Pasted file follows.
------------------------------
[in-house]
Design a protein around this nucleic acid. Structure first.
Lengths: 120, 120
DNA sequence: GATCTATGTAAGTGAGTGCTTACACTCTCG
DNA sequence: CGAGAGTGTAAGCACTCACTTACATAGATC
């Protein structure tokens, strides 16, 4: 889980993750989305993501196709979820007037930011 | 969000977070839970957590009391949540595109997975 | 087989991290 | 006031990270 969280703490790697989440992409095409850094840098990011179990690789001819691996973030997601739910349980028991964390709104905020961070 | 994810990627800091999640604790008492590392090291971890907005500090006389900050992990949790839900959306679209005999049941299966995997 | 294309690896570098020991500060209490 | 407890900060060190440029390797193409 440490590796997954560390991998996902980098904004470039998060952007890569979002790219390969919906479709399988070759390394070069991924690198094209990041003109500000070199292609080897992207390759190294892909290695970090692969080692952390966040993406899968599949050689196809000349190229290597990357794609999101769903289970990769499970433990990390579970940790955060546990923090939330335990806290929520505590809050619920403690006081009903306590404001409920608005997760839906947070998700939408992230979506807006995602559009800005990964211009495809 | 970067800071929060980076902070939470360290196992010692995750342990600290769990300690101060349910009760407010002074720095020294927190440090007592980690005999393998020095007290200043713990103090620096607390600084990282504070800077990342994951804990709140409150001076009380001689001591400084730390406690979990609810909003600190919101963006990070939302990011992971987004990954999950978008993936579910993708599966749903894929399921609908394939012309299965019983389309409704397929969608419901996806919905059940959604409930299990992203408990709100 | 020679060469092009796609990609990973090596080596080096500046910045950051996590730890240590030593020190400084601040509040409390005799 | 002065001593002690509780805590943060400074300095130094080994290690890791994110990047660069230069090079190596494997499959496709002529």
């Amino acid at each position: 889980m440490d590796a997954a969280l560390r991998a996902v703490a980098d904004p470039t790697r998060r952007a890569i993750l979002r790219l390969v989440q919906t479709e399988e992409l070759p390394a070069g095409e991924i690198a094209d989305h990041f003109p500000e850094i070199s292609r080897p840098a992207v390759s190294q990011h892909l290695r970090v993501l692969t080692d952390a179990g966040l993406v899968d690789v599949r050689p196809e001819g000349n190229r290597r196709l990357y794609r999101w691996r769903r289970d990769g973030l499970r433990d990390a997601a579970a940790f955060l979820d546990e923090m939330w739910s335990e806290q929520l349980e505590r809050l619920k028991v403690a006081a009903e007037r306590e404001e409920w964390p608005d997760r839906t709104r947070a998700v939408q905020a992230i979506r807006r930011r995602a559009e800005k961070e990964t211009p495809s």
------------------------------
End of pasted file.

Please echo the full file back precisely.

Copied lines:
[in-house]
Design a protein around this nucleic acid. Structure first.
Lengths: 120, 120
DNA sequence: GATCTATGTAAGTGAGTGCTTACACTCTCG
DNA sequence: CGAGAGTGTAAGCACTCACTTACATAGATC
């Protein structure tokens, strides 16, 4: 889980993750989305993501196709979820007037930011 | 969000977070839970957590009391949540595109997975 | 087989991290 | 006031990270 969280703490790697989440992409095409850094840098990011179990690789001819691996973030997601739910349980028991964390709104905020961070 | 994810990627800091999640604790008492590392090291971890907005500090006389900050992990949790839900959306679209005999049941299966995997 | 294309690896570098020991500060209490 | 407890900060060190440029390797193409 440490590796997954560390991998996902980098904004470039998060952007890569979002790219390969919906479709399988070759390394070069991924690198094209990041003109500000070199292609080897992207390759190294892909290695970090692969080692952390966040993406899968599949050689196809000349190229290597990357794609999101769903289970990769499970433990990390579970940790955060546990923090939330335990806290929520505590809050619920403690006081009903306590404001409920608005997760839906947070998700939408992230979506807006995602559009800005990964211009495809 | 970067800071929060980076902070939470360290196992010692995750342990600290769990300690101060349910009760407010002074720095020294927190440090007592980690005999393998020095007290200043713990103090620096607390600084990282504070800077990342994951804990709140409150001076009380001689001591400084730390406690979990609810909003600190919101963006990070939302990011992971987004990954999950978008993936579910993708599966749903894929399921609908394939012309299965019983389309409704397929969608419901996806919905059940959604409930299990992203408990709100 | 020679060469092009796609990609990973090596080596080096500046910045950051996590730890240590030593020190400084601040509040409390005799 | 002065001593002690509780805590943060400074300095130094080994290690890791994110990047660069230069090079190596494997499959496709002529």
């Amino acid at each position: 889980m440490d590796a997954a969280l560390r991998a996902v703490a980098d904004p470039t790697r998060r952007a890569i993750l979002r790219l390969v989440q919906t479709e399988e992409l070759p390394a070069g095409e991924i690198a094209d989305h990041f003109p500000e850094i070199s292609r080897p840098a992207v390759s190294q990011h892909l290695r970090v993501l692969t080692d952390a179990g966040l993406v899968d690789v599949r050689p196809e001819g000349n190229r290597r196709l990357y794609r999101w691996r769903r289970d990769g973030l499970r433990d990390a997601a579970a940790f955060l979820d546990e923090m939330w739910s335990e806290q929520l349980e505590r809050l619920k028991v403690a006081a009903e007037r306590e404001e409920w964390p608005d997760r839906t709104r947070a998700v939408q905020a992230i979506r807006r930011r995602a559009e800005k961070e990964t211009p495809s």